Novelist George Meredith encouraged us all when he said, “Don't just count your years, make your years count.” But Manuel R. Moreno, retired Army Master Sgt., has truly lived up to the sage advice.
This was never more evident than when Moreno’s numerous family and friends lined up to wish him well on July 18, the day after he turned 99. While no in-person party could happen due to current health restrictions, the line of vehicles and happy faces were just as cheerful and delighted as could be while they honored him and his legacy.
Moreno was drafted for and served in WWII in the European theater, where he suffered three injuries. While later stationed in Panama, he met his wife, Dalila. He retired from the Army after 20 years.
“The top life lesson I learned during my time in the military was discipline and timeliness,” he said. “My advice for veterans transitioning to the civilian sector is to love your country like you do your family. Care (for it) and be proud of it!”
After retiring from active duty, Moreno worked at the Lawrence Livermore National Laboratory as a security officer for another 20 years.
Living in Livermore since the ’60s, he and Dalila would have celebrated their 70th anniversary on July 7. He was Dalila’s caregiver until she passed away in December of last year. Together, they raised a wonderful family of five children, who themselves gave rise to numerous grandchildren and great-grandchildren.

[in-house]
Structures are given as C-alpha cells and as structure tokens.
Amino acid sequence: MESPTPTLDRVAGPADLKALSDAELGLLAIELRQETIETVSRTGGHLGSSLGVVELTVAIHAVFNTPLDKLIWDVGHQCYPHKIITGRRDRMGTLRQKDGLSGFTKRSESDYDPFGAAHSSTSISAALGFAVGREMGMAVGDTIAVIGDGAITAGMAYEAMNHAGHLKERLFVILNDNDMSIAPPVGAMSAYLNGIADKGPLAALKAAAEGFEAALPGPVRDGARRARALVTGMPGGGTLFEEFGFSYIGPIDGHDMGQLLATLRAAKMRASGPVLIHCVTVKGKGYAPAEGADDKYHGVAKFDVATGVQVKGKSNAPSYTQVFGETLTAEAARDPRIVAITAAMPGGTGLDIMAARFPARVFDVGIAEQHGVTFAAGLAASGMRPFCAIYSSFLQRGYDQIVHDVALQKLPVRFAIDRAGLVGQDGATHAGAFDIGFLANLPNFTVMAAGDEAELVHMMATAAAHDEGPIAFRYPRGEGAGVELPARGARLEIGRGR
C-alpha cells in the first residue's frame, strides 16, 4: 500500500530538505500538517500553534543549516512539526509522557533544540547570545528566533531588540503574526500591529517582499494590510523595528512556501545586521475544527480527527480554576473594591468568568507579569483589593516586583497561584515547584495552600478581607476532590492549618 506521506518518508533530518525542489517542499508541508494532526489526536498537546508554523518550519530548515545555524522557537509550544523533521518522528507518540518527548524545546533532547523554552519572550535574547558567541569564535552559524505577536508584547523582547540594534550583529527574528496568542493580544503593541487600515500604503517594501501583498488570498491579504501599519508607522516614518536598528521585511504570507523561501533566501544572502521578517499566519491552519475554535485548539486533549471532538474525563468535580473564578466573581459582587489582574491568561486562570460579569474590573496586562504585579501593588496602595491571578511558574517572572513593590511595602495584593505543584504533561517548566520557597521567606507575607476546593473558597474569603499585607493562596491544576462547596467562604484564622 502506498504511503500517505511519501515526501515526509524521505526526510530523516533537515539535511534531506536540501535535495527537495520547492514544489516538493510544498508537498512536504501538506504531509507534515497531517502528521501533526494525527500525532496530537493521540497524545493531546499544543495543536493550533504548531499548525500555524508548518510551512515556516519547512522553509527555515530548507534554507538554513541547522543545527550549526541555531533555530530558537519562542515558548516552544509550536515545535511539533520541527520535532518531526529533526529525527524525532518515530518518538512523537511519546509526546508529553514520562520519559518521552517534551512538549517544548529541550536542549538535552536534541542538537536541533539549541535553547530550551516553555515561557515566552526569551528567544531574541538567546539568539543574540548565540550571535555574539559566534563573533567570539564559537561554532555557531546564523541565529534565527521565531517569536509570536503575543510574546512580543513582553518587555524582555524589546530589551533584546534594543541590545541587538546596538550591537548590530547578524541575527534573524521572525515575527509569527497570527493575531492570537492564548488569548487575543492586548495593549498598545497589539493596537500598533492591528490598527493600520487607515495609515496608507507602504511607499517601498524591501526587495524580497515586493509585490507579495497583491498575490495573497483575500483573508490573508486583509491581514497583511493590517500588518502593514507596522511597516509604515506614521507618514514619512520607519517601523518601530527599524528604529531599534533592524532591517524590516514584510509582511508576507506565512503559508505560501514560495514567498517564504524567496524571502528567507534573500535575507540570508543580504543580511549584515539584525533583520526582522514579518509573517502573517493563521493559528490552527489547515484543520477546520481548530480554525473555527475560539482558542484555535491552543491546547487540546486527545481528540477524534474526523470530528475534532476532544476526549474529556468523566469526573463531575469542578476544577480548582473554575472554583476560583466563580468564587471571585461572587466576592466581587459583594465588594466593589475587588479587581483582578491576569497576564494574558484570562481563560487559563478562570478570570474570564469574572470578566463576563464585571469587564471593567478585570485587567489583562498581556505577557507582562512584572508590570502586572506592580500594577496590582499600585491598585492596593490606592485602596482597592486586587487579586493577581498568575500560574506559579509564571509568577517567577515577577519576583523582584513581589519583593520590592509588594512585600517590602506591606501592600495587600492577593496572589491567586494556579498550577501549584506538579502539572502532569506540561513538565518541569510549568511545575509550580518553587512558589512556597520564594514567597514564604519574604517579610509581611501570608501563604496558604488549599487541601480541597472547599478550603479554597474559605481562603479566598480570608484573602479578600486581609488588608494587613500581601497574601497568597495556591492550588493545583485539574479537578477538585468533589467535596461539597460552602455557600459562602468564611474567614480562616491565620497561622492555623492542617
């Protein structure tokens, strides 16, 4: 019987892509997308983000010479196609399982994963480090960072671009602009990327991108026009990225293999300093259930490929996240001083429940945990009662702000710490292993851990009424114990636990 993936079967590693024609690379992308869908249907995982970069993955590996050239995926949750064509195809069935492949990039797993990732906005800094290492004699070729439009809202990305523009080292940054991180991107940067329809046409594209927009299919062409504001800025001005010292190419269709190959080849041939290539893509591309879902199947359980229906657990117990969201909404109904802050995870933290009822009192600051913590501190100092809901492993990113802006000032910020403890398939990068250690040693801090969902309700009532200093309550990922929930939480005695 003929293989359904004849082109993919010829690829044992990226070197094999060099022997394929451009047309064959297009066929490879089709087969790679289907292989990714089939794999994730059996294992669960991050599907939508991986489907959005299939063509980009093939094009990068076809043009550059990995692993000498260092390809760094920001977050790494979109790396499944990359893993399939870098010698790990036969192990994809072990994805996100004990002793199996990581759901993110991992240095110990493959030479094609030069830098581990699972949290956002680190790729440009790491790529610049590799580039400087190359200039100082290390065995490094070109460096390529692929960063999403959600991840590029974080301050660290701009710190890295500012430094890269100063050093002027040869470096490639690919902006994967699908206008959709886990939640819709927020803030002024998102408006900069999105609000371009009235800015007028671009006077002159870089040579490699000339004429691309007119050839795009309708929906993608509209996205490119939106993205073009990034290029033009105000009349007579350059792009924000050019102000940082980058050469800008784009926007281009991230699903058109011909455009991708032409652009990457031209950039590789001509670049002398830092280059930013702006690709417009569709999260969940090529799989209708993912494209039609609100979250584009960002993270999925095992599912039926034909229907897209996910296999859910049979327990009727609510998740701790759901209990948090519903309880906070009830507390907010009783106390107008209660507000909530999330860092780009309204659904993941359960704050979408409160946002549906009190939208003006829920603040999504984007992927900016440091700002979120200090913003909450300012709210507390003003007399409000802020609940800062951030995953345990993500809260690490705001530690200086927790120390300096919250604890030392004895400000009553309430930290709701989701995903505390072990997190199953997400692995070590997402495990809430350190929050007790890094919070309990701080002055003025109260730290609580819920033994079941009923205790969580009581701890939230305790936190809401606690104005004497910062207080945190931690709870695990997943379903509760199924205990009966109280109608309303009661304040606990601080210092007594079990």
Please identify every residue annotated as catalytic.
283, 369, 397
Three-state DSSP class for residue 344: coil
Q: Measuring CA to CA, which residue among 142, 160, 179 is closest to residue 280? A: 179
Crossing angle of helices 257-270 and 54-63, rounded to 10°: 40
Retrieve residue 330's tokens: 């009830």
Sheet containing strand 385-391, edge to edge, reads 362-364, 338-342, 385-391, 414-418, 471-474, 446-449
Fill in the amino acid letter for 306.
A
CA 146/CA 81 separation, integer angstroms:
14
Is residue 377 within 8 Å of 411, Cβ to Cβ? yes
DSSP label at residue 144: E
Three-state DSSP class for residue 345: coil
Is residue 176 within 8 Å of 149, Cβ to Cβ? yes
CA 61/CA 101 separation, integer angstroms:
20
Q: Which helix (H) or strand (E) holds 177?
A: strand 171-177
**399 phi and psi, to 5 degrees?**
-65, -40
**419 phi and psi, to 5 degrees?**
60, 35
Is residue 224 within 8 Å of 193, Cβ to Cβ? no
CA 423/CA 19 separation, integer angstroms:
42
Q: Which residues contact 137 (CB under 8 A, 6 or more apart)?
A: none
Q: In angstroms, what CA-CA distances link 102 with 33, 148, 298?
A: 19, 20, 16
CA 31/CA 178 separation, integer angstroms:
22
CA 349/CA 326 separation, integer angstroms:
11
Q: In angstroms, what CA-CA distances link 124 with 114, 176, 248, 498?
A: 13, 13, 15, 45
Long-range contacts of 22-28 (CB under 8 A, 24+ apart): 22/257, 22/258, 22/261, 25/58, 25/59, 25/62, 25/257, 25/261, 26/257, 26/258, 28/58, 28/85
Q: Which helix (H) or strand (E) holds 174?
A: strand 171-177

“To have a successful marriage and family life, you should cherish every moment and take care of each other,” said Moreno. “My favorite memories of the children and grandchildren growing up are the Easter egg hunts in the backyard and the grandkids sneaking eggs out of each other’s baskets, and the original performances by the grandkids to entertain the adults. Halloween was one of the favorites, except Christmas – that was tops!”
Looking back across the years, Moreno’s children are filled with warm memories of the past.
“One of my most treasured memories of my father from when I was growing up is his love for our family and patience raising five children,” said his daughter, Carmen Alicia (Moreno) Ohlmeyer, a Danville resident. “He loved to dance with our mother to Panamanian music. They belonged to a Panamanian club for years and would get together at our house for parties and celebrations. Of my father's characteristics, I see his love of family most in myself. You start with love and respect for each other, and always keep God in your life. We thank him for serving our country and always wearing his special cap proudly to honor those that didn’t make it back.”